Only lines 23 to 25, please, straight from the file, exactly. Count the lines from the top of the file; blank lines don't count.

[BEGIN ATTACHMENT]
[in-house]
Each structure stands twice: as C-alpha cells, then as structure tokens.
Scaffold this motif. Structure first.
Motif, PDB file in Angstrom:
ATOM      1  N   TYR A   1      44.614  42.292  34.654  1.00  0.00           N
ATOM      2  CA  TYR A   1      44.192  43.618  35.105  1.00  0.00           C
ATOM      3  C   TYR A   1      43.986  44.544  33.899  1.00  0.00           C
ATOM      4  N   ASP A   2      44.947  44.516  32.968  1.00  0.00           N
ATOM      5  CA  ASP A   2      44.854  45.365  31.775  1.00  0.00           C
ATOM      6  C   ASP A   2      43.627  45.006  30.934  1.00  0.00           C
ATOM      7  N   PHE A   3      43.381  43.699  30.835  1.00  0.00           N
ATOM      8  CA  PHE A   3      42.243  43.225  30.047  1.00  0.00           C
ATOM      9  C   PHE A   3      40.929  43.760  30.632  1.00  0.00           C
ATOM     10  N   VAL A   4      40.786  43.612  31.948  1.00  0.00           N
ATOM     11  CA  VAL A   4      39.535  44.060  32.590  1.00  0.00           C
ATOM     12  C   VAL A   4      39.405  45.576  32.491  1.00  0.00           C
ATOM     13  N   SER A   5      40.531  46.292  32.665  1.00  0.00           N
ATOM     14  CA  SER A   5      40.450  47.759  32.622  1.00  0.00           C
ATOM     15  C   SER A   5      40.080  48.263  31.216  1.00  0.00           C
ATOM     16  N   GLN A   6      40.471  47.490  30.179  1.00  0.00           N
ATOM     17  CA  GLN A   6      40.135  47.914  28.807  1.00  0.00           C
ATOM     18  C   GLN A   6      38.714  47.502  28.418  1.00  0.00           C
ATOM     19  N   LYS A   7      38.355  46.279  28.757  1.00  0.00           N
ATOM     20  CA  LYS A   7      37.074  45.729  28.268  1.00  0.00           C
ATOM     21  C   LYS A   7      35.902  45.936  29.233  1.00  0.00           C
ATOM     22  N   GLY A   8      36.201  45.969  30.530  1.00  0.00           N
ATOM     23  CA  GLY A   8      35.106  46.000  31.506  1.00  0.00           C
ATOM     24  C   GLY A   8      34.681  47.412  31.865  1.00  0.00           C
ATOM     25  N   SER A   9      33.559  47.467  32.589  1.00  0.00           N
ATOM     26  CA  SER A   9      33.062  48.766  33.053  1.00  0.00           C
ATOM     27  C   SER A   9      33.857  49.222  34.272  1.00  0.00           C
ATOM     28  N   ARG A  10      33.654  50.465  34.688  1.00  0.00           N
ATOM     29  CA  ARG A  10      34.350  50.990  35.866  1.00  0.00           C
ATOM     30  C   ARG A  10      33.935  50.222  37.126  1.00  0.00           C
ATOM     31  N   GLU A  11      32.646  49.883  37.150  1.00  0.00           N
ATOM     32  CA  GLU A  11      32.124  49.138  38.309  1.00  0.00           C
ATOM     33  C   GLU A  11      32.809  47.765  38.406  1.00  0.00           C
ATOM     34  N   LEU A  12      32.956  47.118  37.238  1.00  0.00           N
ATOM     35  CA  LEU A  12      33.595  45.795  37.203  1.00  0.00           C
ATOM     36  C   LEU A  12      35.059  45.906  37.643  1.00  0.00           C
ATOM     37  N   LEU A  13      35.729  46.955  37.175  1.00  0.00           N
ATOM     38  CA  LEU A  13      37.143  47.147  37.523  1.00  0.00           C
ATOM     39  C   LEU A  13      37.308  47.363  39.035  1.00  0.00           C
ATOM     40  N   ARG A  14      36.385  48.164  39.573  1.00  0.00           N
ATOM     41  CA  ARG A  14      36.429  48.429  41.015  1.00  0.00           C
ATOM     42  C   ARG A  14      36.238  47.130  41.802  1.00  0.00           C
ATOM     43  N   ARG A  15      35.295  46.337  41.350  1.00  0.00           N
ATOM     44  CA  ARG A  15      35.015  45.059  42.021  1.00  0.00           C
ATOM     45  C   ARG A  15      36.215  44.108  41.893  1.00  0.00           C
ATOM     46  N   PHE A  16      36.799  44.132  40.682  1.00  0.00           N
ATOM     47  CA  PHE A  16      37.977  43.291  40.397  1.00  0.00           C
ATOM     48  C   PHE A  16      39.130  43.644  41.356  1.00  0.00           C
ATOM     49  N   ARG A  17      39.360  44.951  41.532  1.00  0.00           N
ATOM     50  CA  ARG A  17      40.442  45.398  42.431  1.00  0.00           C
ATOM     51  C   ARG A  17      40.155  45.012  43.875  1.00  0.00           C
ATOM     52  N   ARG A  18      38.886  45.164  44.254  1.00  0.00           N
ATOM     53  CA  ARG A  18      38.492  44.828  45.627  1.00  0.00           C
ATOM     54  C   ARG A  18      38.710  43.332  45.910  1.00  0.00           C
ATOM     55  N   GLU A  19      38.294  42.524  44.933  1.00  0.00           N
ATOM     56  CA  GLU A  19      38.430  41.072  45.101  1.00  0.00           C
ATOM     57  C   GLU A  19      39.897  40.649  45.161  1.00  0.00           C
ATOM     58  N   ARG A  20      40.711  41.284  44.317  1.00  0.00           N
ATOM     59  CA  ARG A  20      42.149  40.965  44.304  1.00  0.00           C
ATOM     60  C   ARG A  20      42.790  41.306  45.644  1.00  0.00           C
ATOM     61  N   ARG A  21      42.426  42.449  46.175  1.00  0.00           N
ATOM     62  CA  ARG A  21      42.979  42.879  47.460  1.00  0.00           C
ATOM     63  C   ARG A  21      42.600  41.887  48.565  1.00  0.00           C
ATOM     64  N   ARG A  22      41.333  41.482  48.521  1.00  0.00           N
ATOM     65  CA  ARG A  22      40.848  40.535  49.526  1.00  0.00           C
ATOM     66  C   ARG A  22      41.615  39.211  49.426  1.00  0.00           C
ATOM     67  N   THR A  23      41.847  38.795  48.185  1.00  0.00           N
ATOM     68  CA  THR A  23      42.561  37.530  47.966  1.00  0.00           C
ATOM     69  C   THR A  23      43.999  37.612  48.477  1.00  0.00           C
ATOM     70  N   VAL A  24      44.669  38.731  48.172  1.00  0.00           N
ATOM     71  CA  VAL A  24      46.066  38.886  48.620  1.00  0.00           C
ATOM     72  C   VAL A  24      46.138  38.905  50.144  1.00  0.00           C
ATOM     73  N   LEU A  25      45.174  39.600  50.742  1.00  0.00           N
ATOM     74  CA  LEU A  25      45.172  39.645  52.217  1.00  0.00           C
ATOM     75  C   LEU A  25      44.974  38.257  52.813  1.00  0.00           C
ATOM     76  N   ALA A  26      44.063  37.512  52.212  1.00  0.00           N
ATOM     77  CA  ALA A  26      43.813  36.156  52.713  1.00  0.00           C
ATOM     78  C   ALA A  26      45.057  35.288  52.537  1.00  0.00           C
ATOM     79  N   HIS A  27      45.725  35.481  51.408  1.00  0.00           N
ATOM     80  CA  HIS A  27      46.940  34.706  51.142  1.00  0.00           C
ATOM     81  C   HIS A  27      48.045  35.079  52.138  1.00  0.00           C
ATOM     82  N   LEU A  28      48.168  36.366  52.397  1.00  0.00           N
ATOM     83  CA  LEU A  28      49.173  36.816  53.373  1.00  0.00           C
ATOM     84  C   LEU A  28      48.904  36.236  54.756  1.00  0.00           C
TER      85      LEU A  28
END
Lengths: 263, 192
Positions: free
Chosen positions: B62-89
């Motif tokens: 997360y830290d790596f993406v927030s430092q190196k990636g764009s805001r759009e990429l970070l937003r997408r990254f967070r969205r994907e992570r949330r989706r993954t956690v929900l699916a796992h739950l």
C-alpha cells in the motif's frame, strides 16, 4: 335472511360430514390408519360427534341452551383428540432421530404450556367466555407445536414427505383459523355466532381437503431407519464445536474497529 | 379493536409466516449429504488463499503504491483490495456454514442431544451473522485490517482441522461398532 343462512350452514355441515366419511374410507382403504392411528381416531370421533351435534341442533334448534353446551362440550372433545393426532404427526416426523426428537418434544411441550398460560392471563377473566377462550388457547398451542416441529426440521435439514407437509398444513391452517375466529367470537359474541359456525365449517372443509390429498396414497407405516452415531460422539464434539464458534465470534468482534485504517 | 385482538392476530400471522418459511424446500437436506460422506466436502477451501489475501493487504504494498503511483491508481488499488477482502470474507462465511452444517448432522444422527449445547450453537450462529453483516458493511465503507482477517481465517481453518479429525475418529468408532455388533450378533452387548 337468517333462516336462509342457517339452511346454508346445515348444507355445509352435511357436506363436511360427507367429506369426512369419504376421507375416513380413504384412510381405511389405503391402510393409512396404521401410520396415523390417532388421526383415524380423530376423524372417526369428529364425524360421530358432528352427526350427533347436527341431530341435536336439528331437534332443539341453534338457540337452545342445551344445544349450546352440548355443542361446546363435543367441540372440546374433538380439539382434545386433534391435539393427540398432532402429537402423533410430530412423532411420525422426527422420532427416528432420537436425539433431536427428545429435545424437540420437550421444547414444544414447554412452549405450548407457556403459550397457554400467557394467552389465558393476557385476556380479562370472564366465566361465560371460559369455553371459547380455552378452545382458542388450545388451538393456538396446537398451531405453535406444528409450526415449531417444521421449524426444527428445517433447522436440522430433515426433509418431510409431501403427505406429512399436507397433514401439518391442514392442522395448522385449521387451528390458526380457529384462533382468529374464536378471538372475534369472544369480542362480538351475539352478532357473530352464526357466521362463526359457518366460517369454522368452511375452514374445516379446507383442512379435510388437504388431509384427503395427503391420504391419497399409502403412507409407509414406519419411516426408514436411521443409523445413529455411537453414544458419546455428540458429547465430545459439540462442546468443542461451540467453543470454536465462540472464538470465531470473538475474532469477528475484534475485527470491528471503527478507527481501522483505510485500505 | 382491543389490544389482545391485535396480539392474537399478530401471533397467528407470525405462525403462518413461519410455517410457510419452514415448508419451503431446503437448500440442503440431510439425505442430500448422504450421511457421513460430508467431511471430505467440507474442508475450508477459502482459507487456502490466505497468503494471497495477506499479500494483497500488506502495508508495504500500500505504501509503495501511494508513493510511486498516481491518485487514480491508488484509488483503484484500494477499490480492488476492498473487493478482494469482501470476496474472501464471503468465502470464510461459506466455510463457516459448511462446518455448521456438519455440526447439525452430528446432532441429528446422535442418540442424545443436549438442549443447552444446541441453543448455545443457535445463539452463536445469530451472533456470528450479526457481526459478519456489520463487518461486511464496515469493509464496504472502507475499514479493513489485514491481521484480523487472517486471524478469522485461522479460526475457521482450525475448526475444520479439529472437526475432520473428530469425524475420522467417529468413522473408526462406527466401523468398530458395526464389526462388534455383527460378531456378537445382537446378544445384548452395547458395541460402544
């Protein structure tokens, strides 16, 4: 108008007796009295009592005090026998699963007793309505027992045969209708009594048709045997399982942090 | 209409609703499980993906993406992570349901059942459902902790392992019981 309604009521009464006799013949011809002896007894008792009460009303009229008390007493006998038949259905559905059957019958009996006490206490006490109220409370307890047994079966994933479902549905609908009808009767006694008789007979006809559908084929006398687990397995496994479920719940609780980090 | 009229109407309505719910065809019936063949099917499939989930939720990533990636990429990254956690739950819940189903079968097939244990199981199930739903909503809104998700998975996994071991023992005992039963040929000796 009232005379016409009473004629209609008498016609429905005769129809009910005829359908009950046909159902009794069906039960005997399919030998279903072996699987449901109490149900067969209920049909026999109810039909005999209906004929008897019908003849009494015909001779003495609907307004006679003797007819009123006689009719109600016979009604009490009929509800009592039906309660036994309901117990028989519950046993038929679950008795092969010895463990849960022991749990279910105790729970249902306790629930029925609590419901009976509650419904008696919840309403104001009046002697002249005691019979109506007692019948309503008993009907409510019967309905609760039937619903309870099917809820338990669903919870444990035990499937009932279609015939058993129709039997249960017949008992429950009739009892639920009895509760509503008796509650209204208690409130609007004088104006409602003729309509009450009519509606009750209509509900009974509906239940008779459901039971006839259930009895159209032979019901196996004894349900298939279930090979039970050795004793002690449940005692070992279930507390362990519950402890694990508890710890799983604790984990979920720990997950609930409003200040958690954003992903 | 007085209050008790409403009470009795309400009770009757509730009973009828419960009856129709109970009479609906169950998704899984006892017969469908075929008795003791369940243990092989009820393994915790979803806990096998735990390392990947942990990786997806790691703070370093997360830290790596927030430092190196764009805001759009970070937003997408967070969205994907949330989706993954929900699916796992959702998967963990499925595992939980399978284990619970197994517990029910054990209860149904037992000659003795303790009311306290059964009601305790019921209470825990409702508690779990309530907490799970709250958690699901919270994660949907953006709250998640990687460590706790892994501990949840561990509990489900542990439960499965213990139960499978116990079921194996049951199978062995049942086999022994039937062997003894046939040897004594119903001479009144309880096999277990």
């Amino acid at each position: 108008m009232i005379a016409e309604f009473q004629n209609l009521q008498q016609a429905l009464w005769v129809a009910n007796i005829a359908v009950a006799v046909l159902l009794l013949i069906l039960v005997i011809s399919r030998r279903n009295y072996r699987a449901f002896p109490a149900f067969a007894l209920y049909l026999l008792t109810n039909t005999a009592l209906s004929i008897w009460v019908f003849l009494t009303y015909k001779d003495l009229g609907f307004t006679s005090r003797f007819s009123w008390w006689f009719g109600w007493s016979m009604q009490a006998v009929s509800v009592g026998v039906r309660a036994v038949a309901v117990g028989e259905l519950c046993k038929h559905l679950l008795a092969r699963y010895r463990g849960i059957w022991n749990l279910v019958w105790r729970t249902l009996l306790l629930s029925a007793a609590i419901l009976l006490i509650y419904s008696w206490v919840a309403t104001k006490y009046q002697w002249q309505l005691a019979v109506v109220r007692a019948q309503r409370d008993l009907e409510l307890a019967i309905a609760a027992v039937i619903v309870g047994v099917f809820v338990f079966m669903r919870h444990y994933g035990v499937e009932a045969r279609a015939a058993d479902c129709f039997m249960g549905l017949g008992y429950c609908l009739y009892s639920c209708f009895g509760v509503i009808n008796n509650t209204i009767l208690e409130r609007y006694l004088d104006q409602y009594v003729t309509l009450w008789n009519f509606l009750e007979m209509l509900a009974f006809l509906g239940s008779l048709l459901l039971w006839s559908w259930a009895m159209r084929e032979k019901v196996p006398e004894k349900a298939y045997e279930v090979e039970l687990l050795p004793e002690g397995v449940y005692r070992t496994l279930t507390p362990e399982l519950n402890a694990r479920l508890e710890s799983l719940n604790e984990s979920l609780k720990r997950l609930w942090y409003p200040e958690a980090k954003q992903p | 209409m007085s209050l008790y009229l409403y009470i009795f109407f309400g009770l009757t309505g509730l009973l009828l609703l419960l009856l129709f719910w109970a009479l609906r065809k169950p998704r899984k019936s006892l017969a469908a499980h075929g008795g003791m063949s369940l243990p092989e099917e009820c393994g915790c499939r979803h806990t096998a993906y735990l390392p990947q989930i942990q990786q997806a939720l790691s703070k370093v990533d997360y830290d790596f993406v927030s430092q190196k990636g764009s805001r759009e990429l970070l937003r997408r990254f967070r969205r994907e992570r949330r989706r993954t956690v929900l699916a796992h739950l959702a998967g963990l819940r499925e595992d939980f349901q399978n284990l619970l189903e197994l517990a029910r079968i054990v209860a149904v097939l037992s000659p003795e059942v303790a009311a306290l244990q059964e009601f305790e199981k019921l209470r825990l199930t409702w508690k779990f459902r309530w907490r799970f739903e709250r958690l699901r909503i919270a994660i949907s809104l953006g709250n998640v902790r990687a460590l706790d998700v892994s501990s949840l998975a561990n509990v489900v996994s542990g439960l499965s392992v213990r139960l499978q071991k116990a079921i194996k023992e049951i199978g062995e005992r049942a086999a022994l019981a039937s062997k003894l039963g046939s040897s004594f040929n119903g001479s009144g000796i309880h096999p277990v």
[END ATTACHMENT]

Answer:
ATOM     19  N   LYS A   7      38.355  46.279  28.757  1.00  0.00           N
ATOM     20  CA  LYS A   7      37.074  45.729  28.268  1.00  0.00           C
ATOM     21  C   LYS A   7      35.902  45.936  29.233  1.00  0.00           C